How does the Case of the 'Guildford Four' Illustrate the Weaknesses of Utilitarianism when used as the Moral Guide of the State?

How does the Case of the
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Finance & Accounting
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In this report, utilitarianism as proposed by Bentham will first be defined followed by discussing the reasons why “scape goat” objection is considered as a weakness similar to the Guilford Four. As proposed by Mill, the role of utilitarianism in our society will be tackled in relation to how it can provide as a better solution as compared to utilitarianism as proposed by Bentham.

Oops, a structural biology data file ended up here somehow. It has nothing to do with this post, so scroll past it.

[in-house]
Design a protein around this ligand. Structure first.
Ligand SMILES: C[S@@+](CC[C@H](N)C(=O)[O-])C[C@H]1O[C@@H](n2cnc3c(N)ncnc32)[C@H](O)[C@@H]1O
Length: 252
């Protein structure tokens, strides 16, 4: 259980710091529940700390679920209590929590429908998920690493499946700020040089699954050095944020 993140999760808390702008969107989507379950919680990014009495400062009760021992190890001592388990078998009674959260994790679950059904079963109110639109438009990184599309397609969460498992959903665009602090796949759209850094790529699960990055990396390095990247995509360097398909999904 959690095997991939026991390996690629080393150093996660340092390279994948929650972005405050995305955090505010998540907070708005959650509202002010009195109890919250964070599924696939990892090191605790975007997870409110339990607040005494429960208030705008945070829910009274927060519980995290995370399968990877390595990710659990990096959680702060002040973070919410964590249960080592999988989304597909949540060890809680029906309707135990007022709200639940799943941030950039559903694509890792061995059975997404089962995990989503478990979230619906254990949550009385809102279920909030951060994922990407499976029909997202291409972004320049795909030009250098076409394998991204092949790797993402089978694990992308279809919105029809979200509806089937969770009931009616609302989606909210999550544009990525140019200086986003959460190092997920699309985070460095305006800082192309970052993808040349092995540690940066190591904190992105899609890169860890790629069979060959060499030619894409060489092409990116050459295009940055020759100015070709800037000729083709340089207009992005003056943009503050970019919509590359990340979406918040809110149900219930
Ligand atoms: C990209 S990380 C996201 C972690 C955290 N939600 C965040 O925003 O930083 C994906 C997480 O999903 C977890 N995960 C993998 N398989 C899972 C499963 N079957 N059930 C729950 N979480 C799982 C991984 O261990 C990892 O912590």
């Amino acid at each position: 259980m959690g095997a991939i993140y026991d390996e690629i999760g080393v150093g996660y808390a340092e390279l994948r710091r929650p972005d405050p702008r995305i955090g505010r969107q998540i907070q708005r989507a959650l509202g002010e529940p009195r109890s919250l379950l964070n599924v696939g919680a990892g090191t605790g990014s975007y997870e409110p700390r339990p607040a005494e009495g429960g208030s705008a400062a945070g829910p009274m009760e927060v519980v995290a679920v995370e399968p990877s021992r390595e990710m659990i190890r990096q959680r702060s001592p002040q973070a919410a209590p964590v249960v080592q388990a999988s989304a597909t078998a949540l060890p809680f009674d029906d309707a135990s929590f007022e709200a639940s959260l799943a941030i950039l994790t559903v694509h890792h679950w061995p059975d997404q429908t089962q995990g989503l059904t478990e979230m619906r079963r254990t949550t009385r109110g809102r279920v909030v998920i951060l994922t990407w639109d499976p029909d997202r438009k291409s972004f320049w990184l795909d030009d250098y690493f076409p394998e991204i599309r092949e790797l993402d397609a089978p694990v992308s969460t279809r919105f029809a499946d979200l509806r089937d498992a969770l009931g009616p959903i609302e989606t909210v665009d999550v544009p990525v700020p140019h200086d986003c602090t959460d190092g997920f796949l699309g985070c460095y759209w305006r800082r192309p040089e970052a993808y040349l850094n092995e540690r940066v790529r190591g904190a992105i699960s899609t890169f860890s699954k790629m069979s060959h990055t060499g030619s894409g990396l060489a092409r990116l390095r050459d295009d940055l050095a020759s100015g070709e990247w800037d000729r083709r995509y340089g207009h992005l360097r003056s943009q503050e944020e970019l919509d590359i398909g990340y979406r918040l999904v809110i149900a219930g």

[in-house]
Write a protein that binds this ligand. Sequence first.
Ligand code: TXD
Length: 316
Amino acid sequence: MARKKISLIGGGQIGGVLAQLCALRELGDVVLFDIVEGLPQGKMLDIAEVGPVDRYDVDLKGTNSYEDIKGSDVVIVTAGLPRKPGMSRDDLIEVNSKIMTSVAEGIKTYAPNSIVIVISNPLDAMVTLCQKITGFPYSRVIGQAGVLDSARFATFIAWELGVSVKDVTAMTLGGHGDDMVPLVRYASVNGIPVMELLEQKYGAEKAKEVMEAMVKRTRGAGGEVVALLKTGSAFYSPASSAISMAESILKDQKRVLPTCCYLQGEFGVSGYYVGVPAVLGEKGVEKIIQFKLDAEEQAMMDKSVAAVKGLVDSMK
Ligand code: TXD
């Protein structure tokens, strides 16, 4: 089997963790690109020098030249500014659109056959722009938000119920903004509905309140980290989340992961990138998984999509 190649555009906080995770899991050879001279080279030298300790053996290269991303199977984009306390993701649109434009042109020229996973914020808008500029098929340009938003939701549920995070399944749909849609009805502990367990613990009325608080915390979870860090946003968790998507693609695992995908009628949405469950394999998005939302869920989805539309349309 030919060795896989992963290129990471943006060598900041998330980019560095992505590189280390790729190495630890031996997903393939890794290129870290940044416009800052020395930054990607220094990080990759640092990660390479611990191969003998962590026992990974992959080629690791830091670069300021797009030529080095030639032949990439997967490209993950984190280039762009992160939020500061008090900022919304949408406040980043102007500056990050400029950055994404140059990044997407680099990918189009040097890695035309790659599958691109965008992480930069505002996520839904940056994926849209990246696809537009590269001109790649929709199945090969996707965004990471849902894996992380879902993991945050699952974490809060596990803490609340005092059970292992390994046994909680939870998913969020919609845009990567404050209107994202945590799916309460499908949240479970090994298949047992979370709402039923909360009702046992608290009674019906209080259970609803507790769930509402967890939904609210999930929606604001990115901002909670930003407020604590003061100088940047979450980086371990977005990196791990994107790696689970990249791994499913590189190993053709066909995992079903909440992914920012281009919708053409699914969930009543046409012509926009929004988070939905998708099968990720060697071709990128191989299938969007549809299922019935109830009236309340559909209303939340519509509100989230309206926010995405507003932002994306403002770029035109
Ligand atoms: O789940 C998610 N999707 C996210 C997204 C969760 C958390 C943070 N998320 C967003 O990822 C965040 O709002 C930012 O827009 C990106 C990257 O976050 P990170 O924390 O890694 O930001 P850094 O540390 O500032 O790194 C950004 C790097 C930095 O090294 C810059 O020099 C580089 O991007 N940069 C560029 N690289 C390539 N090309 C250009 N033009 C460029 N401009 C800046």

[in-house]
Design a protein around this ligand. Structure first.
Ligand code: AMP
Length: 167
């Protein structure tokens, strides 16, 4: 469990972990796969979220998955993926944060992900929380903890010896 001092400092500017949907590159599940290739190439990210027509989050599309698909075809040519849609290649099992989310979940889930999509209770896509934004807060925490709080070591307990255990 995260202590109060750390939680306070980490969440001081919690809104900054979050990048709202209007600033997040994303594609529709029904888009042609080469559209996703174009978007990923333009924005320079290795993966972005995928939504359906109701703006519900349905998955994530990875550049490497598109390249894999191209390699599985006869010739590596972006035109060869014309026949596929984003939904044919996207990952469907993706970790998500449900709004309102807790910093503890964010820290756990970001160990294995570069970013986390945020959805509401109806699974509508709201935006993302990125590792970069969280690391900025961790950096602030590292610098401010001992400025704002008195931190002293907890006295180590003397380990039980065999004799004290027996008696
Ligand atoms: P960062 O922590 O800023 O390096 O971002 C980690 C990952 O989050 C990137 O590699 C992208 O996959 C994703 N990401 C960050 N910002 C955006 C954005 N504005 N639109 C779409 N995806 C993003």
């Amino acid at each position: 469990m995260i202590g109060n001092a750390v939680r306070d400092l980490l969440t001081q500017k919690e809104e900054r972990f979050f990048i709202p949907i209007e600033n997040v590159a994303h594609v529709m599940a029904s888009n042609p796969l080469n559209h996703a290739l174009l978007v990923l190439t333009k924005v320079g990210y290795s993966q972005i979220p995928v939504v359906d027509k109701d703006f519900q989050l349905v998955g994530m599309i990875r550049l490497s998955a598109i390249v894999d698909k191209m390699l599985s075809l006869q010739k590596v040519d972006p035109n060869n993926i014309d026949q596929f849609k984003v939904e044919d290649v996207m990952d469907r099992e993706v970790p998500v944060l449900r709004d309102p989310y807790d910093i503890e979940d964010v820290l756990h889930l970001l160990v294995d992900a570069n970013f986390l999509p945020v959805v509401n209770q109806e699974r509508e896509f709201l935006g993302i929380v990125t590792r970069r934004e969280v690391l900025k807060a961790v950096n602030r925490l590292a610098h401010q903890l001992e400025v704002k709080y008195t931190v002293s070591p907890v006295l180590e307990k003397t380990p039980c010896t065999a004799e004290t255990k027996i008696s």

Specifically the case of the 'Guildford Four' illustrates the weaknesses of utilitarianism when used as the moral guide of the state. In judging whether or not human action is intrinsically right (good) or wrong (evil), the role of the public policymakers comes in. As stated by Sir William Blackstone, “It is better to let ten guilty men go free than to wrongly incarcerate one innocent man”. Because of the increasing number of wrongful conviction in UK, developing a set of political rules in the form of law will not always lead to actions that are morally good. One way or the other, developing a set of political rules the the form of creating a legal system may only serve as a scapegoating tactics in the case of the true criminals. As compared to the theory of utilitarianism, the concept of deontology is totally different in the sense that deontology remains focus on judging an action by observing the righteousness or wrongness of an action regardless of whether the end result of the action is good or evil (Nishukan 2007). Instead of taking into consideration the end-result of an action, Immanuel Kant suggest the use of deontology more than the classical utilitarianism since deontology judges moral issues by carefully examining the type of actions being committed by a person
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